Yes, all the musicians on this project are in demand for live and session players here in Canada. Working with them has been both educational and inspirational. What I’m looking for in collaborations is a desire to be creative, with different energies, and different sonics. I’m always listening and considering, and I have a small list of artists I’d like to work with when the work in progress creates space for it.

There are many descriptions of the ideal state of mind for being creative. What is it like for you? What supports this ideal state of mind and what are distractions? Are there strategies to enter into this state more easily?

Being a full-time musician and producer helps. I’m not fighting this huge energy drain of not living an artistic life. I know my creative time is 7 pm onwards, so I do business and most everything else during the day to create space for that. I put aside hours on Sundays to just play and ideas always form from those sessions. But I’m also writing for publishers, and those assignments are on tight deadlines. It’s amazing how a deadline can ramp up your inspiration and ability to be creative at 11 am!

Unfortunately, it doesn’t seem to work when you impose a deadline on yourself, for me anyway. If I were to recommend any strategy at all for entering a creative state more easily, I would have to say think of it differently and be very careful about the activities you do and the relationships you form that take you away from your creative state. As an artist, you should be able to take that state everywhere you go so it’s not a big stretch between these versions of you.

In how much, do you feel, are creative decisions shaped by cultural differences – and in how much, vice versa, is the perception of sound influenced by cultural differences?

Well, you’re talking to a Canadian who has a deep respect for the cultural music I hear all around me, music being brought into Canada through immigration and fusing with the mosaic of sound gathering here. There is also this fusion of indigenous sounds with contemporary stylings, and I find it so beautiful to hear those cultural flourishes in otherwise popular-sounding music. They are glimpses of the soul, of ancestry, a deeper story. I think it may be difficult in cultures where music is so intrinsic to life, to break out of traditional genres and sonic structures but my experience here in Canada is there is a blending of cultural influences happening. Creative decisions are being shaped by cultural differences in wonderful ways!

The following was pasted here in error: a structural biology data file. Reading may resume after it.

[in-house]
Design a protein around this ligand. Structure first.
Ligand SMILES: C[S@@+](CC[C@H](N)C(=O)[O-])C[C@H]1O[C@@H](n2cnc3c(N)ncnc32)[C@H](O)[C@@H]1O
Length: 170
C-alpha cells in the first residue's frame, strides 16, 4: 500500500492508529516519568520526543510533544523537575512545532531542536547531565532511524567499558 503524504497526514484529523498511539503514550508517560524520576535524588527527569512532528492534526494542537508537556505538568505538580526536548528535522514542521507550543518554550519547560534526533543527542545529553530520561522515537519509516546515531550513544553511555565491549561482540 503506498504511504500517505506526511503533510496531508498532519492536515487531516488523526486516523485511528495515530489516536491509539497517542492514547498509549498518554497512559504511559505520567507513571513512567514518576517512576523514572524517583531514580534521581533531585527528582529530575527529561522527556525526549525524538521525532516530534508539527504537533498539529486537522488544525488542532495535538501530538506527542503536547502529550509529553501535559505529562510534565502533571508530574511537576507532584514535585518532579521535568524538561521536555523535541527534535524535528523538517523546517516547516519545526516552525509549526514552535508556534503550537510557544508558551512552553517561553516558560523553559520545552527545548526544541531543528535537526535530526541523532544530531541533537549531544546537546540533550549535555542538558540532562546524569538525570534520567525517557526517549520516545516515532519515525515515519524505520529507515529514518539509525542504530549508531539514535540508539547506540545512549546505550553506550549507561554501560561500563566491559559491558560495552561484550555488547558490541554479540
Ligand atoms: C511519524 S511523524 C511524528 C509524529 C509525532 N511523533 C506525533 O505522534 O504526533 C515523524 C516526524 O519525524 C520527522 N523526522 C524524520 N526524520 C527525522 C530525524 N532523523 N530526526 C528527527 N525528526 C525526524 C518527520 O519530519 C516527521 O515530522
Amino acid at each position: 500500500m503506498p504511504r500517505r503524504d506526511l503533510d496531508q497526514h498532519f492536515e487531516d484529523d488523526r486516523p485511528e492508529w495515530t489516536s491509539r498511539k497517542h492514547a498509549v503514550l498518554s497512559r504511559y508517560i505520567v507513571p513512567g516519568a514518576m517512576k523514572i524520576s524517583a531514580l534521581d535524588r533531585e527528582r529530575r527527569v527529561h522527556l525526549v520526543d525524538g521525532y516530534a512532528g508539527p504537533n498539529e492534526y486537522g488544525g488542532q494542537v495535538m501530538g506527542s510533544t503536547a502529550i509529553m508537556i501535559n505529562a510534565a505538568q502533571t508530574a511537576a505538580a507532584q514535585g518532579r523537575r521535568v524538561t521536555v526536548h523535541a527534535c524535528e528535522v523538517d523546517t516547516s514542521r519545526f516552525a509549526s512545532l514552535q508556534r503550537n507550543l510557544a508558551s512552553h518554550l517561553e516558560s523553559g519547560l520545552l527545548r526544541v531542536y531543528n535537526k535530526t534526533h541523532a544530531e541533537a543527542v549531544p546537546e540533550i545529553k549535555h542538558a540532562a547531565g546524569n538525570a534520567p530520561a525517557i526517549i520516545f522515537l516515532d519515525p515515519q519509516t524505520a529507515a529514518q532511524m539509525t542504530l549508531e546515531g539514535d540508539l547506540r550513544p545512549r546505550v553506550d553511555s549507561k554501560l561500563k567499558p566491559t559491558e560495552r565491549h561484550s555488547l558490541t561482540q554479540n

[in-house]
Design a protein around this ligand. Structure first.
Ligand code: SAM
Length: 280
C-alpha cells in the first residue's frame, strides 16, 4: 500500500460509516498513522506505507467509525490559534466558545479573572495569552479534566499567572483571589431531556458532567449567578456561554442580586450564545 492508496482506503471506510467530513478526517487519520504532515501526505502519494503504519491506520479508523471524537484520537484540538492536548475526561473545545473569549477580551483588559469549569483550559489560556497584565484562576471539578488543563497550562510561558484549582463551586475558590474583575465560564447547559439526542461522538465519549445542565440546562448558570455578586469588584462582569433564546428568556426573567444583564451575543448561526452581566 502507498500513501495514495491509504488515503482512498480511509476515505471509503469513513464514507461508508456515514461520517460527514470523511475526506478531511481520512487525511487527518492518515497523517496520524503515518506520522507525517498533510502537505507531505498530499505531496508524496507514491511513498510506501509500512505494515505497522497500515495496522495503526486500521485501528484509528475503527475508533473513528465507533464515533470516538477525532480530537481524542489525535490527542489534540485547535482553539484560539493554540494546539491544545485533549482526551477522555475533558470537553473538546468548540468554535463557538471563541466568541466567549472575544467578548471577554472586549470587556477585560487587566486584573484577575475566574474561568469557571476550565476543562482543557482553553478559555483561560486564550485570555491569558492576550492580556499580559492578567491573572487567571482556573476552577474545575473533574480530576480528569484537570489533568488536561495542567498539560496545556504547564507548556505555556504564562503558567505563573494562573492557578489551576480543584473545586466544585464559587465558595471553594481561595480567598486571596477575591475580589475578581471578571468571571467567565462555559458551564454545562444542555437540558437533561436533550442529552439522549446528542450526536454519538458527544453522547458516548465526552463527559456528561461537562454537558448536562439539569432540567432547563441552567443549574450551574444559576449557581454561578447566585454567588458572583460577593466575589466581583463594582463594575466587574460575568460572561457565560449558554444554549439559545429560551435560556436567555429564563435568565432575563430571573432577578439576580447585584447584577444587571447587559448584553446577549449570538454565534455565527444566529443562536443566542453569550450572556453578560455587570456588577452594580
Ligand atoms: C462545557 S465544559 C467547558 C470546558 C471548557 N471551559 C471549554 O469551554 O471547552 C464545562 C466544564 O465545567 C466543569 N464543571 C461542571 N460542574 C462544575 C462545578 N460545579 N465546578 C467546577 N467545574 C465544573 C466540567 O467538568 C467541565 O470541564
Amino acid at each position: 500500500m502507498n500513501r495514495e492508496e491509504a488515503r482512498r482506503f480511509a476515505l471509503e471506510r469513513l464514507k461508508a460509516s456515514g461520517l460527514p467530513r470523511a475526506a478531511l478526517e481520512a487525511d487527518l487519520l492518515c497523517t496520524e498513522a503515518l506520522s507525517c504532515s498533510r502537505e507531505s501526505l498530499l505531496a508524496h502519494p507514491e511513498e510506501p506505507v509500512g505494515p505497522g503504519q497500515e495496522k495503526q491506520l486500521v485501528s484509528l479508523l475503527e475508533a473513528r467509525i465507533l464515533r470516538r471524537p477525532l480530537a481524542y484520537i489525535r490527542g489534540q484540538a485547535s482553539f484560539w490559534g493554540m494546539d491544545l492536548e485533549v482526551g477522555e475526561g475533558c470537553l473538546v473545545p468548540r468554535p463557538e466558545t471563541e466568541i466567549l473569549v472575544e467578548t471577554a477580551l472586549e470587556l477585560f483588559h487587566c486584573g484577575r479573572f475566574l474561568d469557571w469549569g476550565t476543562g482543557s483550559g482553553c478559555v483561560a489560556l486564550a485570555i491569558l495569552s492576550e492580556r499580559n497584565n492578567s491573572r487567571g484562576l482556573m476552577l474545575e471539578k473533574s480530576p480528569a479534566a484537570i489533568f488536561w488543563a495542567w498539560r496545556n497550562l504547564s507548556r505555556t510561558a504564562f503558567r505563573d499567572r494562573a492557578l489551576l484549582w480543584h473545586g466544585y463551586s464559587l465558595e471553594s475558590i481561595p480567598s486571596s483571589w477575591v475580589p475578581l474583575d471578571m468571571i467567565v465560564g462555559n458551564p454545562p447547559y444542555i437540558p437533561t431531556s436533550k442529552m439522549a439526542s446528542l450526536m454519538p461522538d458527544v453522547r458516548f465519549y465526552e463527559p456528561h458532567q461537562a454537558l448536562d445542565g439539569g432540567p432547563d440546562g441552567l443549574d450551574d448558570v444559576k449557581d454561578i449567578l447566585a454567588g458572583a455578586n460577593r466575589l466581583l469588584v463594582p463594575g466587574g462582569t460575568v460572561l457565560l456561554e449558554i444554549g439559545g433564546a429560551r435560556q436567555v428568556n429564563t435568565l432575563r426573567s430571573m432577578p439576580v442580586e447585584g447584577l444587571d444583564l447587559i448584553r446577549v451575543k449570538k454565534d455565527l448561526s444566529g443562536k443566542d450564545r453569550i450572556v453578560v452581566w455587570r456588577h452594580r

I also want to ask you about the bands that have been continuous influences for you, but also about new bands and new records that you think are exciting in the music scene.

My influences have been diverse from Herbie Hancock to Joni Mitchell, Peter Gabriel, Al Jarreau, Andreas Vollenweider, and Pink Floyd, just to name a few. Add to that all the music I’ve played as a musician. Right now, I’m really impressed by an Indigenous Canadian artist Jeremy Dutcher, a perfect example of this fusion I was speaking about. A monster fusion jazz pianist who brings in the sound and language of their culture in this, at times, deeply moving fusion.

Do you have any specific reference tracks that drive your productions?

Not really. Not for this quartet work. Each one is treated uniquely.

What was the craziest idea you had – whether feasible or not – that you really wanted to go forward with?

Ummm, being a musician?

What other creative outputs do you engage in that we may not suspect?

That you may not suspect? Hmmm. I feel like I should have an interesting answer. All the quartet artwork is my design. I’m producing some cool and different projects, assisting non-profits to build interesting music therapy initiatives – this is all very creative and collaborative work.

What do you hope to do with your art in the future? I mean, do you have any crazy goals?

I really don’t have any crazy goals, other than to continue working with people more talented than me, who bring new ideas and energy into this work. But artists do just that, we continue.